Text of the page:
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I wanted to make a family album, to rewrite my own history, but I forgot that nothing really happens on a day-to-day basis. The idleness of a comfortable life never imposed upon me an urge to recreate momentous occasions worth recording. Instead, I recorded the reality. This is a story about a family. A big family that comes from little money but lives in places of old money. Scattered as they are regionally, they are connected by an understanding of place. Identity and location are tied together. While this project is not to any extent autobiographical, it takes the form of a personal diary in many ways. Diaries are accounts of days past, minor excitements, stillness accumulated. It is important to me that the subjects of this project are not photographed by chance; they are my relatives. I share an intimacy with these people and yet I remain distanced. The moments I chose to capture are the static ones, punctuated by interactions, tasks and weather. These people are coping with the everyday; they exist in activities of leisure and Sunday chores. I am compelled by the suburbs in which I grew up. Through these photographs, I realize that there is something unsettling about home. There is an inherent strangeness in any place that attempts to become natural. This is where I grew up and this is what has been instilled in me, a place of indecision, a story of depressed tranquility.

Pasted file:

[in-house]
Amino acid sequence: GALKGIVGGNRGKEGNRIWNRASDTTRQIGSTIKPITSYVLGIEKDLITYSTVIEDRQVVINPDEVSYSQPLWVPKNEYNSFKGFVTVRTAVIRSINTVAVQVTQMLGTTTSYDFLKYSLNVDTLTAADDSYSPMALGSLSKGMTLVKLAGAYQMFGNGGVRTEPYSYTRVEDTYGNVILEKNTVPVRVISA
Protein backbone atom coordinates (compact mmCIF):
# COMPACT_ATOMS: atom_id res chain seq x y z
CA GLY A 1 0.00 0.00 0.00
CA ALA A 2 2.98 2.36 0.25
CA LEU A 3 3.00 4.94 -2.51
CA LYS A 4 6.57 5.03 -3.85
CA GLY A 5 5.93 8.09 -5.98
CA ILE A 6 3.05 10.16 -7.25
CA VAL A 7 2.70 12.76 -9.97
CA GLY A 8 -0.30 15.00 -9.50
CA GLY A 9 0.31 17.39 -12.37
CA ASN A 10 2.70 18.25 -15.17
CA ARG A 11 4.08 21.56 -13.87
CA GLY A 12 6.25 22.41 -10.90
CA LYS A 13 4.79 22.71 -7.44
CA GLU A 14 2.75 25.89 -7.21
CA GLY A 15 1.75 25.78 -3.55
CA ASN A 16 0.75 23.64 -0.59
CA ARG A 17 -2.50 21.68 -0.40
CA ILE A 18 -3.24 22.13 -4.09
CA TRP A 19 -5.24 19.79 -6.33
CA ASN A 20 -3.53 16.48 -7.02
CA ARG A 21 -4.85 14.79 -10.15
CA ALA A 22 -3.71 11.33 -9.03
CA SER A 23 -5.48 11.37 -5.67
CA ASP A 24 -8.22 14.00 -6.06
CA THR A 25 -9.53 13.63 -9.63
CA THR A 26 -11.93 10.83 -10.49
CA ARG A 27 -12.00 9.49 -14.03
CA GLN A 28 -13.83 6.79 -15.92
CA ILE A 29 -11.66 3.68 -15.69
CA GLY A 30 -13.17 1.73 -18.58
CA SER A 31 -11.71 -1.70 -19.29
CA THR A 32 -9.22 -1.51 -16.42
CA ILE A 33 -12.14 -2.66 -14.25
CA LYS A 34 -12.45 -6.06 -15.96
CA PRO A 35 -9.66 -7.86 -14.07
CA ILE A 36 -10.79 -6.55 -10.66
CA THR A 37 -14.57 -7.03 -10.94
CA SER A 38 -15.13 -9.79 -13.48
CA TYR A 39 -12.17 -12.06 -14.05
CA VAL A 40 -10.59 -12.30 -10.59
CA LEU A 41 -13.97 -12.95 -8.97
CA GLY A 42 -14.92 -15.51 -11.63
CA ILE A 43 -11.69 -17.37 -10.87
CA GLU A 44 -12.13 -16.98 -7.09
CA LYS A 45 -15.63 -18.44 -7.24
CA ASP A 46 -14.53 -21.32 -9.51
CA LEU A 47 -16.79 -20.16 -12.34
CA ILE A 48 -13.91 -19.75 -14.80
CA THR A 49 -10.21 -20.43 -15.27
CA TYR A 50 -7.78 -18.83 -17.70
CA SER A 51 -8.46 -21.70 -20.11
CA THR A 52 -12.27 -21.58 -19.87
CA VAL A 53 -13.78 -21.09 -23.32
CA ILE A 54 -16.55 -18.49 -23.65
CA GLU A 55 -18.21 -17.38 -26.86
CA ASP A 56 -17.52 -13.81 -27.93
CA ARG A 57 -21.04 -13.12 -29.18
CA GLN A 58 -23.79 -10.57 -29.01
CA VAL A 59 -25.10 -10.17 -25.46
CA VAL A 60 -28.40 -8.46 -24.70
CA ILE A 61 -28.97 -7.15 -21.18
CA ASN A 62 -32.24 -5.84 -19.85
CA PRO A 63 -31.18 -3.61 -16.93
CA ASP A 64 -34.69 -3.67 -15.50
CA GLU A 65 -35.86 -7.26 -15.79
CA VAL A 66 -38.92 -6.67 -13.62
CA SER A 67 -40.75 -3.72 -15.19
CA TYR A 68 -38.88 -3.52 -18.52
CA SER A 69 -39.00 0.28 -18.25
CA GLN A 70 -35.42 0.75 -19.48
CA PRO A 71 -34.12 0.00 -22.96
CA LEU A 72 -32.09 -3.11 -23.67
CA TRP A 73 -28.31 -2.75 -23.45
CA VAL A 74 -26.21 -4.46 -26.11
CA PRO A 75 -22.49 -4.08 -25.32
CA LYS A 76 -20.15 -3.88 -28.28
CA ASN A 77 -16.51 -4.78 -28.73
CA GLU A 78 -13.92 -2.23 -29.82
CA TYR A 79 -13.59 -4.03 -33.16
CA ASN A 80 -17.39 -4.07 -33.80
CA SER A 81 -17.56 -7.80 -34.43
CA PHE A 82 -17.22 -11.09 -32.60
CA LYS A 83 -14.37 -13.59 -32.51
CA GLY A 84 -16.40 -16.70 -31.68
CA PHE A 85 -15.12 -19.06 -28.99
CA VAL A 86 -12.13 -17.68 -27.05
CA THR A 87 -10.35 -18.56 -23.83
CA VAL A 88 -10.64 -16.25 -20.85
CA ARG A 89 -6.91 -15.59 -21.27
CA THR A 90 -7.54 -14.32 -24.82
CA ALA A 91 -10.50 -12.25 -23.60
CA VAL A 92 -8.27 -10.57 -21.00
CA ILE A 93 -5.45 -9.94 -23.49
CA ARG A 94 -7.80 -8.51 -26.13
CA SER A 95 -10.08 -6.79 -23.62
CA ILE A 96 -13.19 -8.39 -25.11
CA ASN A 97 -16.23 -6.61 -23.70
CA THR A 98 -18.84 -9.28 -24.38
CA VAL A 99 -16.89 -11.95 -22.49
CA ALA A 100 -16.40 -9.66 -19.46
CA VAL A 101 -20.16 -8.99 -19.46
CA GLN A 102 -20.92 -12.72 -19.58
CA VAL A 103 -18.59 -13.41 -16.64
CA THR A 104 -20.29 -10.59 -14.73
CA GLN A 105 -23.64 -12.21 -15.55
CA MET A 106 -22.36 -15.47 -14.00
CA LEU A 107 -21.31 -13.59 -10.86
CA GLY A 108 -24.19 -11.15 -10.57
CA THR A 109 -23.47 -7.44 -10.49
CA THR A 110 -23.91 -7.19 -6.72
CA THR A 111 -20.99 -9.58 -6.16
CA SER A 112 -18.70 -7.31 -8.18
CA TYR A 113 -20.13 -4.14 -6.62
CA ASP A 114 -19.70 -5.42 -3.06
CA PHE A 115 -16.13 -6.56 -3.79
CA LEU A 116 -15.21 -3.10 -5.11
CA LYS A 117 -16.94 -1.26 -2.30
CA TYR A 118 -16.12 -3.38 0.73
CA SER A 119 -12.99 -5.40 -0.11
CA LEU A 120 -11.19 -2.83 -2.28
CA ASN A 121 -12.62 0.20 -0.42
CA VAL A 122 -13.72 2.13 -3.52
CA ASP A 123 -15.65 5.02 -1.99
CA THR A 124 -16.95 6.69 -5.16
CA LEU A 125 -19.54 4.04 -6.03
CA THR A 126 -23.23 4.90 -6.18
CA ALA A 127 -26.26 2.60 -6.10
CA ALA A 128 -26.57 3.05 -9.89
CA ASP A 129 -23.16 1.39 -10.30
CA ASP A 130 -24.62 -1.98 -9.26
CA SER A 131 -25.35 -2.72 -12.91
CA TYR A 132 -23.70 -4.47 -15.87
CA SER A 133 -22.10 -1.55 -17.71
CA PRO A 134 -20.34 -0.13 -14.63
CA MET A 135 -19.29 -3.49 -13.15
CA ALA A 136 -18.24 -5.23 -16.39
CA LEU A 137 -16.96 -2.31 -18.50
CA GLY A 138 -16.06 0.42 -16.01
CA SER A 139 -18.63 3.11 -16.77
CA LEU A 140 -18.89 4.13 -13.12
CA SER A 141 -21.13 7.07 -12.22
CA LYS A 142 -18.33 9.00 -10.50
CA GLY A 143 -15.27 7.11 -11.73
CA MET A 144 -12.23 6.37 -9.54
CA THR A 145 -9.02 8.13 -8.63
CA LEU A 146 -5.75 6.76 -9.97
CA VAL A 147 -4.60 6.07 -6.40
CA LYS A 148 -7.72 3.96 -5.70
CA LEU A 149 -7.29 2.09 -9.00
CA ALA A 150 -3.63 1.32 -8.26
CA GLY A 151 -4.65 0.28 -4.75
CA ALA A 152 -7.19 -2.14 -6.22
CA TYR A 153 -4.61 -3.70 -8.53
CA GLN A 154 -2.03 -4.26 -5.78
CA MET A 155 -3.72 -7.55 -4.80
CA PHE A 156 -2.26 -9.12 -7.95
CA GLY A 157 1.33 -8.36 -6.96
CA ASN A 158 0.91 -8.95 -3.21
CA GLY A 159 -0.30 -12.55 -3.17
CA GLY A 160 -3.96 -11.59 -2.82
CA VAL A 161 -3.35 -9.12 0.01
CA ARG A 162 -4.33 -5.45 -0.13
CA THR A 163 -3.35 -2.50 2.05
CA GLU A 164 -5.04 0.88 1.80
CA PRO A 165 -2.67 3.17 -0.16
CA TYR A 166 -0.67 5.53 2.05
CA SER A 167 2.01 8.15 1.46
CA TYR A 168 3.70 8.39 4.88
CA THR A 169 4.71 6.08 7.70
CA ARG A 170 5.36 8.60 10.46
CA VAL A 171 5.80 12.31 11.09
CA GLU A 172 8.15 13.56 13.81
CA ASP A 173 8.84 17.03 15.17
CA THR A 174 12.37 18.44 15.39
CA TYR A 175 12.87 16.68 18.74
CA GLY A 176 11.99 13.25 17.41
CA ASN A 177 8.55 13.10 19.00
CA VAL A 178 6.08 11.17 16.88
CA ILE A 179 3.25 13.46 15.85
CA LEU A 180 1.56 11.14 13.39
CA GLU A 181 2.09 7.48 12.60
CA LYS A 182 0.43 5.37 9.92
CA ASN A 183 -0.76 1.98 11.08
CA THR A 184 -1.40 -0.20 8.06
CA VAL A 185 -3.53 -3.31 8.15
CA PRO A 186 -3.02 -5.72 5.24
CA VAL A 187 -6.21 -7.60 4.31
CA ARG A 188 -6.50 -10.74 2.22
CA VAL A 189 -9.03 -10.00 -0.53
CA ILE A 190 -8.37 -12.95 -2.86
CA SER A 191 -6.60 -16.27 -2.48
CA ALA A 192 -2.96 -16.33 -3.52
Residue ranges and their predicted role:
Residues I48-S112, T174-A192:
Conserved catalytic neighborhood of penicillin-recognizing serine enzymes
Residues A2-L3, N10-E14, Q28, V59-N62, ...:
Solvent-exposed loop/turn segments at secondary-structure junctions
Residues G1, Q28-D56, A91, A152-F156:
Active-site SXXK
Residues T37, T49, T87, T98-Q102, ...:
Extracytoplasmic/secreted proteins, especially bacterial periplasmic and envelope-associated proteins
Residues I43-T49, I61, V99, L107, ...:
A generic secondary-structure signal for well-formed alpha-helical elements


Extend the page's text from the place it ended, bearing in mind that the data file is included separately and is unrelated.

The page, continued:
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de Guzman, Sofia, "Have You Met My Sister Brigid?" (2011). Senior Projects Spring 2011. 117.
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